Before we hit the coast we drove down the side of the Guadiana River, the Portuguese - Spanish boarder and looked at all the allotments that had flooded, loads of destruction all the way to the coast at Villa Real de St Antonio. The small village of Alamo was set back from the river and their sign had been beautifully "Yarn Bombed".....lovely crochet, wouldn't it be nice if every village signpost was like this?
We stayed a while in Altura, enjoying being by a beach and the sea at last. Fantastic long, golden sand dunes, however still a little chilly. Amazed to see the locals collecting shellfish in a wire basket and net contraption, while waist deep in water, walking backwards.
A little bit of luxury as we stayed on a campsite at Cabanos, near to Tavira. We cycled through the salt pans, similar to the Isle d'Re, with loads of wading birds, including Black Winged Stilts, with amazingly long legs and we saw our first bee eater, stunning colours but my camera isn't good enough to capture them.
Tavira, which is set on both sides of the river is a very quaint old town with many tiled houses and narrow cobbled streets.
On our travels we have met many lovely people who have recommended places to stay and Pedras d'el Rei was one such place. We loved it here so much that we stayed a week. There is a small train that used to transport tuna fish from the island beach, but it now transports visitors. The tuna have all moved on and the anchors from the boats are arranged in a cemetery, this is all that is left of the fishing fleet here.
Unfortunately the beach had a red flag flying as there were little blue jelly fish around as a result of the fresh water flooding down from the dams. We had a paddle but didn't want to risk a swim even though the weather has just turned out HOT!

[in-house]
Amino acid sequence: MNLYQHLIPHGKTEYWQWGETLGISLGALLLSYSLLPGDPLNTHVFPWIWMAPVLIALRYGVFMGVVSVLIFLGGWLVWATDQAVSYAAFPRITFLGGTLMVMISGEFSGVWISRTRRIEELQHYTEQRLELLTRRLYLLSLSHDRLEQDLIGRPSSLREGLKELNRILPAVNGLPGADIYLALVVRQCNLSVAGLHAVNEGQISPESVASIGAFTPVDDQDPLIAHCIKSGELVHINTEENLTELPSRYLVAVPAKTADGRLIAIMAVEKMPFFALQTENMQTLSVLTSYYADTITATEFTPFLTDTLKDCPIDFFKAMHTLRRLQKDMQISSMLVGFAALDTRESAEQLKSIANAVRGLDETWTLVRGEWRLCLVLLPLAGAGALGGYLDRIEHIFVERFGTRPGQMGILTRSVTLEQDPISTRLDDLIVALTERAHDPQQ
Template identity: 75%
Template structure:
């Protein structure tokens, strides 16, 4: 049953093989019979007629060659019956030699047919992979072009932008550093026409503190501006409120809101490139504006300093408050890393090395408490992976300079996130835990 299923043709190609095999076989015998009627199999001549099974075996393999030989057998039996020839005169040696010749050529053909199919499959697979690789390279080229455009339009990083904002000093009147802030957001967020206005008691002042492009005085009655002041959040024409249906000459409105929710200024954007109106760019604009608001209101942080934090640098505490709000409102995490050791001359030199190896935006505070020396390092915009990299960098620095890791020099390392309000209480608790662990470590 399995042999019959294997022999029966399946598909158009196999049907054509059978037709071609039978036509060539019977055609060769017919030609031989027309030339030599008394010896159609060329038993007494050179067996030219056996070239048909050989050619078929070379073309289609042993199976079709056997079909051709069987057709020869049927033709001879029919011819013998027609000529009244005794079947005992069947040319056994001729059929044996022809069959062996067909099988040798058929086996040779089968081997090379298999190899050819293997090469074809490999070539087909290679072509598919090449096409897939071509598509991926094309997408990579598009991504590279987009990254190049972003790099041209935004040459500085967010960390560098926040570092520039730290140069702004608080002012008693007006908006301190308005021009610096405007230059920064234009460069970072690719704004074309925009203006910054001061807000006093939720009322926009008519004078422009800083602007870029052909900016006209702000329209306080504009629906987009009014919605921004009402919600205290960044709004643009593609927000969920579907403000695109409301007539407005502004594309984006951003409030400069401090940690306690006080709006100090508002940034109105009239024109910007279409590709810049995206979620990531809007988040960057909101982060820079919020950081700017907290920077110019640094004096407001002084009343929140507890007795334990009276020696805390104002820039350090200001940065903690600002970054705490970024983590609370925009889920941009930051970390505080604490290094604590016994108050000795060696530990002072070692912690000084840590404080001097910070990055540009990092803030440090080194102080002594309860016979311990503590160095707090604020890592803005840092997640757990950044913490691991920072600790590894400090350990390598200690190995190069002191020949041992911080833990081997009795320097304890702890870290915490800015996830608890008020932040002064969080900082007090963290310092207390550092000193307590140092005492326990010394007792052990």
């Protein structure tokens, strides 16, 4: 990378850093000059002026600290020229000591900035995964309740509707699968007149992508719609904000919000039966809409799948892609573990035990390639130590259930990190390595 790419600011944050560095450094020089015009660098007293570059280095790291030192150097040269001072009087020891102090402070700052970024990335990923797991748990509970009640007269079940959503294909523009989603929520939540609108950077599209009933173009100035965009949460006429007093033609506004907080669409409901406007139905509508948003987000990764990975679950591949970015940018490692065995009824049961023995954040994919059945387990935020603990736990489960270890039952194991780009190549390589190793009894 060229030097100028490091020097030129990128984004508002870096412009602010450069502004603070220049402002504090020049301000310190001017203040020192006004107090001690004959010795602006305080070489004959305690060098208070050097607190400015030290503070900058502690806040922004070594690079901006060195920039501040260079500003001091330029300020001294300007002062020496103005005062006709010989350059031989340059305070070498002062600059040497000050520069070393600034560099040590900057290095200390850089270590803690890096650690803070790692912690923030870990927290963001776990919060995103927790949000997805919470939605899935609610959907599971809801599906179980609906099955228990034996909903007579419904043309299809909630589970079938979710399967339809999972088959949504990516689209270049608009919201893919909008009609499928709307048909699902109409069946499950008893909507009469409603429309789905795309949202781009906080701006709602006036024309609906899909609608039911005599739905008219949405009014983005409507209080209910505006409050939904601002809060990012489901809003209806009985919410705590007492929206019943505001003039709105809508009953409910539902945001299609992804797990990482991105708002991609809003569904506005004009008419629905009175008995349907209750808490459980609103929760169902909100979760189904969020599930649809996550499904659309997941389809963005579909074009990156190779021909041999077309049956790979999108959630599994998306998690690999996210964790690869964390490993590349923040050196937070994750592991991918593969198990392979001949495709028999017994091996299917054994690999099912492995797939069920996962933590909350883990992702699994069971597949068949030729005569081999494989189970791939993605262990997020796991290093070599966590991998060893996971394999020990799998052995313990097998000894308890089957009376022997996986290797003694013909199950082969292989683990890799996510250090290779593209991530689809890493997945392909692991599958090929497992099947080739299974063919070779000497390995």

We then moved on to Olhao, a town that still has a fishing fleet and two great markets, one for fish and the other fruit and veg with butchers around the perimeter.
We took the local ferry to the island of Culatra, half an hour trip for €3.80 return, very good value! After a lovely lunch we walked along the beach to Farol, which means lighthouse, though the town was deserted as that end of the island is just full of holiday homes.
After catching the ferry back we were in need of a drink and so went to an old traditional bar, the Sete-Estrelas. This is one of only three places in Portugal where you can buy wine from the barrel....so we bought 5 litres and very nice it was too! We were told also that it opens at 5 in the morning for the local fishermen to have a drink before putting to sea....not that we were there at that time! The fishermen used to leave their bicycles here, hung on the wall inside....now they leave their car keys! How times have changed.
This is Libby on a campsite with bunting and lanterns from generous friends.
Then we stayed in Quarteira and cycled into Vilamoura for the day. The marina here is very different to the rest of Portugal we have seen so far. A tourist destination with shops and restaurants beyond our pockets.